Around this time I read Stanley Lieberson’s A Matter of Taste: How Names, Fashions, and Culture Change, which explores naming trends as particularly useful expression of collective preference. Pierre Bourdieu might have cited furniture from antique shops as a way the bourgeoisie distinguish themselves through aesthetic choices, but acquiring antique furniture requires both money and time. Picking a name for a baby doesn’t. Tanya and Tamsin are both free. Because the government records name data, it’s also easy to see trends emerging or falling off. It’s a really interesting book, and one of the too-rare instances of a scholar writing in an accessible style for a general audience. The linked review calls it “a gift to social science; put it up there with Émile Durkheim’s Suicide.” (I haven’t read Durkheim but I like the idea of two major texts that concern birth and death, respectively.)
Lieberson charts how names can become popular within one social group and then spread to another, reducing its appeal to the originators. Generally this takes the form of people with more status rejecting a name once it becomes too diluted by people with less status. For example, American Jews attempting to assimilate in the 1920s chose names popular with WASPs, like Seymour and Sheldon, to such an extent that those names became stereotypically Jewish. WASPs then abandoned them; eventually Jews did too. I have grown to appreciate the relative opacity of my name. Michelle places me as born in the 70s or 80s to middle-class parents (aristocrats don’t name their kids after pop songs), but doesn’t reveal my race or religious upbringing.
So perhaps you can see how picking a name for my actual human child was a big deal to me. Combine that with having to reach a compromise with another person who has just as many pre-existing associations and preferences. A perfectly good moniker can be ruined just because some kid named Thomas made fun of you in middle school. On top of that, your dad and I had to contend with a Latvian surname that’s not exactly melodious to Anglophone ears.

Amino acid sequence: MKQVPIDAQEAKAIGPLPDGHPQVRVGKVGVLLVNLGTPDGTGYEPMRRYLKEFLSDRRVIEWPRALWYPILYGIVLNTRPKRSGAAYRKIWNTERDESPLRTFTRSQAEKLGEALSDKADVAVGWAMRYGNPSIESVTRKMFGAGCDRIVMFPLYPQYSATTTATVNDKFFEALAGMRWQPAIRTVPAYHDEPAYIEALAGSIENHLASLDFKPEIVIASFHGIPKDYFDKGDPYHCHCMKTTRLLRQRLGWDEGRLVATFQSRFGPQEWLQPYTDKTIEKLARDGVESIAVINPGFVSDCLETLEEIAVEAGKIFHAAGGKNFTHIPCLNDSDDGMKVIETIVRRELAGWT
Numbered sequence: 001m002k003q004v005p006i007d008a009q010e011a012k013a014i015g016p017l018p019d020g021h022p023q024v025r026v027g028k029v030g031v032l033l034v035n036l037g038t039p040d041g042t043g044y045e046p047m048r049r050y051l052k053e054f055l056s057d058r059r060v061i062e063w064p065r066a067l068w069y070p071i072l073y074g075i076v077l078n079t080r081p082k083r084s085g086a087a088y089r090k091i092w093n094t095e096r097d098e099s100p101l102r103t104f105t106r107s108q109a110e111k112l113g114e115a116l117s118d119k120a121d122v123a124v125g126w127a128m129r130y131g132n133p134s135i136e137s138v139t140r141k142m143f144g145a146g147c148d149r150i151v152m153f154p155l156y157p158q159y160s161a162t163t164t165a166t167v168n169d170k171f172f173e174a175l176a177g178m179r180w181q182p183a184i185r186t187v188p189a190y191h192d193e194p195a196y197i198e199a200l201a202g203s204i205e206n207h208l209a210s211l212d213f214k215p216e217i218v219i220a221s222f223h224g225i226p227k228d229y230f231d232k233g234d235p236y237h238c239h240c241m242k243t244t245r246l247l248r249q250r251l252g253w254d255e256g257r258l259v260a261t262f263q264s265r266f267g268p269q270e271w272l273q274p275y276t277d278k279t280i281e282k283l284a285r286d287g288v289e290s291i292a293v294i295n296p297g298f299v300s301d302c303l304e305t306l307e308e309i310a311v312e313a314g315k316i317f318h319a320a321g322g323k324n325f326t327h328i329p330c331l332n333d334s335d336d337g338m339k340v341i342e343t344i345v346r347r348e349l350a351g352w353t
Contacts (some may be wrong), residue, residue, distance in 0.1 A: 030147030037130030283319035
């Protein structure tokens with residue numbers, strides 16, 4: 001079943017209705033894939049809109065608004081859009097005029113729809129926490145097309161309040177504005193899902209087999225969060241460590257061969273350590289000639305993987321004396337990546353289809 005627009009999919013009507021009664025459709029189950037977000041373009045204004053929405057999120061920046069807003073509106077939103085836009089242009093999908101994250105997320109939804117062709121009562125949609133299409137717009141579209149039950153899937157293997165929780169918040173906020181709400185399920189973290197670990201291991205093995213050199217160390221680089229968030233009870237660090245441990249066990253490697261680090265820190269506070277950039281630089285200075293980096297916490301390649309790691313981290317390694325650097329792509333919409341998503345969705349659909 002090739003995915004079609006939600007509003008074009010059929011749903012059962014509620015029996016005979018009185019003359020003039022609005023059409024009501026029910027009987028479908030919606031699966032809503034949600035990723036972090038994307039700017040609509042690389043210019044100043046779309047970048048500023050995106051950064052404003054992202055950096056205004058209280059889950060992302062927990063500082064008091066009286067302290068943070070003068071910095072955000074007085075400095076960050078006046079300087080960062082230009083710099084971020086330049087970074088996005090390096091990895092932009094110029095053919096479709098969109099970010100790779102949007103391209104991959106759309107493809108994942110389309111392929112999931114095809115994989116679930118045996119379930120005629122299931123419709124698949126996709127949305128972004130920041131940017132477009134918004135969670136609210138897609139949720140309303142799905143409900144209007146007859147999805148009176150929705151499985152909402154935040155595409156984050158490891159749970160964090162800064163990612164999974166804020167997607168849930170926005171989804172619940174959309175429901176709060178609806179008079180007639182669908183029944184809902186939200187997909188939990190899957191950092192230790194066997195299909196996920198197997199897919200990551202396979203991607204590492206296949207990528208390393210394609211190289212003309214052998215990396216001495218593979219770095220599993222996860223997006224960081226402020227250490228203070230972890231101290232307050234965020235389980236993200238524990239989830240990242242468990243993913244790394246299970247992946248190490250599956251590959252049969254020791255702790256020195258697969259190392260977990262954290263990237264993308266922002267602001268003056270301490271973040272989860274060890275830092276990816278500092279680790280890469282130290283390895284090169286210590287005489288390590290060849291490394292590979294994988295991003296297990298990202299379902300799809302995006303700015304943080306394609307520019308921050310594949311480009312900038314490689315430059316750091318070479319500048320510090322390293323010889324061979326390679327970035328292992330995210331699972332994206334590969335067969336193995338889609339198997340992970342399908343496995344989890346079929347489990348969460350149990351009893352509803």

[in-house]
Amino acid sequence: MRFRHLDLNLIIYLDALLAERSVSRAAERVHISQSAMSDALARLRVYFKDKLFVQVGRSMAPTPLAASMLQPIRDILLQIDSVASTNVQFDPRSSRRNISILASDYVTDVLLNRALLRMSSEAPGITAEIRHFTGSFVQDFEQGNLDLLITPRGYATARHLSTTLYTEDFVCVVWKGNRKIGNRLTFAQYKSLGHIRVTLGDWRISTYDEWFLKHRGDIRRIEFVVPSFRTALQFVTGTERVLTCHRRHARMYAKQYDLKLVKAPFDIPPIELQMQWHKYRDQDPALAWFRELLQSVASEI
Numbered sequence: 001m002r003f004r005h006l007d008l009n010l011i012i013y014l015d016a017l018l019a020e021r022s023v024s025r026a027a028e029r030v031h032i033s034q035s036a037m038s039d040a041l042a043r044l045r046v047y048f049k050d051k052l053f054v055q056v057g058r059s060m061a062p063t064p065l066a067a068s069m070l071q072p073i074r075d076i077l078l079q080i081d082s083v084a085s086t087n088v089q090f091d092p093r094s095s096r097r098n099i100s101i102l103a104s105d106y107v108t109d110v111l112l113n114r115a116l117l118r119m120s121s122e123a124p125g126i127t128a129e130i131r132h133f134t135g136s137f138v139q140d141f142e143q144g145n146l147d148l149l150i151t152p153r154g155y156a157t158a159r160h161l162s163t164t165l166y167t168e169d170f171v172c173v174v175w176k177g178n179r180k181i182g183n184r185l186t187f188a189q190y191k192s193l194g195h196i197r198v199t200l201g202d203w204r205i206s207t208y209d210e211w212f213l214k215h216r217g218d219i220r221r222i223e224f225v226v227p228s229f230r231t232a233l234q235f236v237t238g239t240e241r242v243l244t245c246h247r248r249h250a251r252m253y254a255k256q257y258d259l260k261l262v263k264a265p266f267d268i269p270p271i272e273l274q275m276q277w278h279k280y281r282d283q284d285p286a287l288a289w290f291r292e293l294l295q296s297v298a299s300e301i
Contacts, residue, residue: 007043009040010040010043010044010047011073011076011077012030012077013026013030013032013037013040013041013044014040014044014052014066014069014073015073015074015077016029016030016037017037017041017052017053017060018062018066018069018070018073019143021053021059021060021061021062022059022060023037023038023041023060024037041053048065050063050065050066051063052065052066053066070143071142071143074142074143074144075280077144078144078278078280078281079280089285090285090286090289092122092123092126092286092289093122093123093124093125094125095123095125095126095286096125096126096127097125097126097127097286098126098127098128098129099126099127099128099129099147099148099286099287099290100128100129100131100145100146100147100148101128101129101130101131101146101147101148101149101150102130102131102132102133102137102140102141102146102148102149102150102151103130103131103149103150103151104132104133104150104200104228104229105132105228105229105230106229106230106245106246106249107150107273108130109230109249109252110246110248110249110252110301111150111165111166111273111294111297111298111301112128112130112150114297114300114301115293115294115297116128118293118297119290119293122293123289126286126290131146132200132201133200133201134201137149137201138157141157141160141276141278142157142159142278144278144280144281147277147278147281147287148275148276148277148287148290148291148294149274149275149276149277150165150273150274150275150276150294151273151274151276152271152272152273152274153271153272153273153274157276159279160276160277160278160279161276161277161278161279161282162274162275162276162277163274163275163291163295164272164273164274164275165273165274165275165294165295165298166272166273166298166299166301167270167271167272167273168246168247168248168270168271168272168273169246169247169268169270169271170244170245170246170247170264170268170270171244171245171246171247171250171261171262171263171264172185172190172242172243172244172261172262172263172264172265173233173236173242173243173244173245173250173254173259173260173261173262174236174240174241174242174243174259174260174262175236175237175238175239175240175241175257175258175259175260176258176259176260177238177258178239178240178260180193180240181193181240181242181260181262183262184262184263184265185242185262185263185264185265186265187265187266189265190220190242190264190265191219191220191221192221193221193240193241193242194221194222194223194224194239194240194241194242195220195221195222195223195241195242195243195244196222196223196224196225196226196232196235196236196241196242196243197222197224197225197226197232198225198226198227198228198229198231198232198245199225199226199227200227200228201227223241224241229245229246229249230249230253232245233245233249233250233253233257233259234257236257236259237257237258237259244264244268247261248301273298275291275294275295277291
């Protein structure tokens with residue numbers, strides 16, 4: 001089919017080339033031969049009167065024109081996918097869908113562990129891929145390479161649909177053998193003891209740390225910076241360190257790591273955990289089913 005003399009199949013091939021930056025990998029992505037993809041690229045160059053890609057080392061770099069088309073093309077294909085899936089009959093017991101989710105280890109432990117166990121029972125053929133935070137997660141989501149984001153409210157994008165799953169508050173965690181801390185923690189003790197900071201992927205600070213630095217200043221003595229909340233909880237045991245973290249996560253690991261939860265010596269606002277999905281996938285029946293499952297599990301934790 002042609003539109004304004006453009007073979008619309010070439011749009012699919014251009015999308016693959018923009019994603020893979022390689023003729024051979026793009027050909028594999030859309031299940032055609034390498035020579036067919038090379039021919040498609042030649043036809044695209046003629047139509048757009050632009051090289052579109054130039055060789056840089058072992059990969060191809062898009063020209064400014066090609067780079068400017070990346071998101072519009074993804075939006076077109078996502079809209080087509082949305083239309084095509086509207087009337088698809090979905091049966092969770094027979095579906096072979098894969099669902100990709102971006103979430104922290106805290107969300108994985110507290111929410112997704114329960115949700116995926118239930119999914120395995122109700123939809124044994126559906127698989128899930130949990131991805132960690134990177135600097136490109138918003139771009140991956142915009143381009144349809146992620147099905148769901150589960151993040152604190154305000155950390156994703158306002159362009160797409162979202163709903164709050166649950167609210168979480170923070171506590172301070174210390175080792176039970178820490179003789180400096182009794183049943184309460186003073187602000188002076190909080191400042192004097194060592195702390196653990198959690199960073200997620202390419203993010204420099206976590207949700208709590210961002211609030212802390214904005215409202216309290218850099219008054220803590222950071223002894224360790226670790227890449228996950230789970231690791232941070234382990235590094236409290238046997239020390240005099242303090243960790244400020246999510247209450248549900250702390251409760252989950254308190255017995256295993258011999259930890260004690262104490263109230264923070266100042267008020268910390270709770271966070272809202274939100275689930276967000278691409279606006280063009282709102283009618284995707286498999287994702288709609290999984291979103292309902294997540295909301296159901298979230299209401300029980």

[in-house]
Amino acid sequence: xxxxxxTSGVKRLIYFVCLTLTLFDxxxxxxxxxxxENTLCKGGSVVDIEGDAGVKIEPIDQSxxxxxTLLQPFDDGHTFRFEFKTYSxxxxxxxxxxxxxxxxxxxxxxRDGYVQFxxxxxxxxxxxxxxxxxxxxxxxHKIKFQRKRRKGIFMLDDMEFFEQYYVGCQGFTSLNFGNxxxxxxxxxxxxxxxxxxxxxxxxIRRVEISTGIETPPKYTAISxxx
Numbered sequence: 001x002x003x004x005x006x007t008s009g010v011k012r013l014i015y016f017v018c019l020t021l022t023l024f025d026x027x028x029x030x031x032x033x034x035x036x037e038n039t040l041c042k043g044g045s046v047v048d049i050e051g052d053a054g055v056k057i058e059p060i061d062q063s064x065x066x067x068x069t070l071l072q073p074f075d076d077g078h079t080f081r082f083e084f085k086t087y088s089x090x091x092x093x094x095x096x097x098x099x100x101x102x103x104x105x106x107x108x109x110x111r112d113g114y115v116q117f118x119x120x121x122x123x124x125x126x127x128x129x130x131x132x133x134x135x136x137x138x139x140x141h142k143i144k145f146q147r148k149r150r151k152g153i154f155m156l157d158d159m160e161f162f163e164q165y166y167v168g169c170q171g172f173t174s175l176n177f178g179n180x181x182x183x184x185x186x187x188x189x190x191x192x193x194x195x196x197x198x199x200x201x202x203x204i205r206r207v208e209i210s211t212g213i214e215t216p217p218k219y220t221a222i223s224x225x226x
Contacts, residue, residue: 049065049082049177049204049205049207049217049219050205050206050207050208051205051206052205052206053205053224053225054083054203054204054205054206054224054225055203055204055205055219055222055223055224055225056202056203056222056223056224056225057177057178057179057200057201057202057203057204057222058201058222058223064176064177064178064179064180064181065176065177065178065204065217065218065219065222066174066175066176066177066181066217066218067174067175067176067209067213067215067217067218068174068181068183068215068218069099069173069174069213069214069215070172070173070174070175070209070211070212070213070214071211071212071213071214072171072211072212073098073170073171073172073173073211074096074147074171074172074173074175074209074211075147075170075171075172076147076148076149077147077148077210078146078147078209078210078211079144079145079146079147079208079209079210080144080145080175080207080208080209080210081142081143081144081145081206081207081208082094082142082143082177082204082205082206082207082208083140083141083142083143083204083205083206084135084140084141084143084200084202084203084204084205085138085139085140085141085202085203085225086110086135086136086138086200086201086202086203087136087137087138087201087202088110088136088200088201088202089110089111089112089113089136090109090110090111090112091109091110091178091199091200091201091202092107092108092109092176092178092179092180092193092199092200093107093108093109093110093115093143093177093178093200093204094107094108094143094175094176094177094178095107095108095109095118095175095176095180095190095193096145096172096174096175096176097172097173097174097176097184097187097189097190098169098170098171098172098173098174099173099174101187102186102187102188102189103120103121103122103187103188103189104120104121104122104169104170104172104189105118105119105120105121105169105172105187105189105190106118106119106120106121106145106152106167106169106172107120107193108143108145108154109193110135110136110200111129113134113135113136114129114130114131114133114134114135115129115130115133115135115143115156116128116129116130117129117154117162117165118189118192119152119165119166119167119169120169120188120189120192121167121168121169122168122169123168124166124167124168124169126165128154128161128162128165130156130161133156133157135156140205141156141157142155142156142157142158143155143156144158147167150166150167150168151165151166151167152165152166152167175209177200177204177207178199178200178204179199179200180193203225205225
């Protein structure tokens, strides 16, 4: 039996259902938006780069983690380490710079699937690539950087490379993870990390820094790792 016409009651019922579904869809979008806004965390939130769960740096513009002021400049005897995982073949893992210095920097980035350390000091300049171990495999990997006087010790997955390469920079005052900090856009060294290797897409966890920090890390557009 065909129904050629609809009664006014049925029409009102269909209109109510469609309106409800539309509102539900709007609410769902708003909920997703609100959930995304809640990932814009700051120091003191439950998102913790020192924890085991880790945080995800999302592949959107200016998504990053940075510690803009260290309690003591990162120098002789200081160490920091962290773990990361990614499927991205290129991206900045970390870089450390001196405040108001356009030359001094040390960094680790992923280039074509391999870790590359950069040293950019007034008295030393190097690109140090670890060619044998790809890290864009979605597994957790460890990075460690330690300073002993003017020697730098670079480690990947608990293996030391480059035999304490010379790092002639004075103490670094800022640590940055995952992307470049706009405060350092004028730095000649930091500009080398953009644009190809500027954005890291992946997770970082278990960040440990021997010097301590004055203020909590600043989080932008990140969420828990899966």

Eventually we found a name we liked well enough, that wasn’t too popular or too unusual, and that sounded OK with you and your dad’s last name. But neither of us were so emotionally attached to it that the idea of you picking a new name felt insulting. We hadn’t even met you when we picked it! How could we know whether it’d suit you long-term?
I think I ended up reading you names off of this list or something similar. I distinctly remember Draco was your first choice (dragons = cool) but I talked you out of it. Hugo had the same cadence with less Harry Potter baggage. You might have also been influenced by a character on Cupcake and Dino: General Services. Anyway, I like it. It’s a fun name but it isn’t overly twee or clever. And it matches your energy. Go go go – that’s what you do.
I wasn’t able to make a vet appointment for Maxine and Ash; PAWS said they would call when they had an opening but it could be weeks. I couldn’t just keep them on the porch that whole time. So we let them go.
We still see the kitten, almost full grown now, dinner guest at multiple porches on the block but suspicious of ours ever since being detained upon it. The mom cat got hit by a car and died. I only know because my neighbors were talking about it one day. “Your little black cat got killed,” Ms. C said to the man who’d been the cat’s non-owner. Claimant? Friend? I still don’t know if he named her but he must have called her something, even if it was just Cat or Kitty.
You seem to have forgotten we named the kitten. We just say, look, the Kitten. I should call up the vet again, set tuna out on our porch, lure Ash into the carrier. I want to just let it go, to be honest. The to-do list is always so, so long and it doesn’t need another item. And I’m not like Shannon, taking in every single stray. Learned my lesson on that by now. But if you name something, you are claiming it in some way, and you’re responsible for what you claim.
Over the weekend, I realized I have to change the book’s title. That’s what got me thinking about names in the first place. I’ll tell you about it later.
Related content: Carole Maso’s short story “The Names”
It is a distinct pleasure to be here on this earth naming with you.